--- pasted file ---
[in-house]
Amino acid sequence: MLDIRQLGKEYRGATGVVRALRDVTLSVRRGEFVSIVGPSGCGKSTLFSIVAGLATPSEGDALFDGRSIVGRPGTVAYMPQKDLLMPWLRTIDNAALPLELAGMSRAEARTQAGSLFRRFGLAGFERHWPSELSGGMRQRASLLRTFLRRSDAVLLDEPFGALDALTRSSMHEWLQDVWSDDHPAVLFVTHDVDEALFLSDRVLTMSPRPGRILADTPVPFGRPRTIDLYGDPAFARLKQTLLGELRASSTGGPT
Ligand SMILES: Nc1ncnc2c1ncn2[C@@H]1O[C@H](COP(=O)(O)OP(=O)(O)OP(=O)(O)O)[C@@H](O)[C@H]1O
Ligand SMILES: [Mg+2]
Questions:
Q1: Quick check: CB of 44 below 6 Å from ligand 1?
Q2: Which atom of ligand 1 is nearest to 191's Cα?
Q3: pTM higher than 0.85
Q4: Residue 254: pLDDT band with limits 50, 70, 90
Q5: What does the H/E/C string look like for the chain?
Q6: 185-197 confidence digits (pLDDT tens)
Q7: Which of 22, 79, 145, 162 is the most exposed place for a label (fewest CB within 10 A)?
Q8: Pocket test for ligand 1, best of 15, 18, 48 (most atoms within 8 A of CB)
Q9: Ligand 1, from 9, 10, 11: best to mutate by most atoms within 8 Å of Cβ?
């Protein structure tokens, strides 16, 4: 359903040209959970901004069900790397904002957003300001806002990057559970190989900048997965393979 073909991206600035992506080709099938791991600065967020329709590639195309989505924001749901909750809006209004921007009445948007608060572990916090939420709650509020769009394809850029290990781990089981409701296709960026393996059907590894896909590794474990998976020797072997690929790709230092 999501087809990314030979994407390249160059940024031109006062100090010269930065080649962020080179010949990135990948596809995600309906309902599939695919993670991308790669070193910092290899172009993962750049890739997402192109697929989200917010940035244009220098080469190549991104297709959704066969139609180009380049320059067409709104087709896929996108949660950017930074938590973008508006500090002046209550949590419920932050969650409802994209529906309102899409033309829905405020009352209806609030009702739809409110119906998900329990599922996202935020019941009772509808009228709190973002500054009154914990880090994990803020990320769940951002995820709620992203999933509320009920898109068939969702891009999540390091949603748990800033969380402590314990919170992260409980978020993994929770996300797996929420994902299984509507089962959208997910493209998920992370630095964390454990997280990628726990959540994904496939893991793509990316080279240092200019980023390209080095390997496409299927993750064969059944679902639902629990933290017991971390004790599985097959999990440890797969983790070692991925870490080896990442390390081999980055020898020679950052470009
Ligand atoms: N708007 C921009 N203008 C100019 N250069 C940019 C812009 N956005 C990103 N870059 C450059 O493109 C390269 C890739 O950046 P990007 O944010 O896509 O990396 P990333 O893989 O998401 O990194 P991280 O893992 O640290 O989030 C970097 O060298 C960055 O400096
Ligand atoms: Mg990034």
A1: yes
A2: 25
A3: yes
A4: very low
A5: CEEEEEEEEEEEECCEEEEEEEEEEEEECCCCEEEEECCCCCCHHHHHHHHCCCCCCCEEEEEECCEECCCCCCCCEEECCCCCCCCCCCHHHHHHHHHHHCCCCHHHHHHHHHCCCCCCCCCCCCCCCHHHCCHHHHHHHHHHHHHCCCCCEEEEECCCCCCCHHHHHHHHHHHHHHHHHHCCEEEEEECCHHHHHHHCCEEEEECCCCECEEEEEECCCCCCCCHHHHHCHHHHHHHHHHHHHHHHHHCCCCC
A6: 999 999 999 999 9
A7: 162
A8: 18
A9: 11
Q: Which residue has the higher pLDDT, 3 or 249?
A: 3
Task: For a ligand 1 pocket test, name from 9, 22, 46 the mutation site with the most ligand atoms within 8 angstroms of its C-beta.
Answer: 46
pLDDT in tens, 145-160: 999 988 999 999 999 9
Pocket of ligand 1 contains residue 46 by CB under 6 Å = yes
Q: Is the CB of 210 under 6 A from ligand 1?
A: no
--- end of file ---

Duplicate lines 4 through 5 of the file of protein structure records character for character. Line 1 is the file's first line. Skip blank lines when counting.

Ligand SMILES: [Mg+2]
Questions: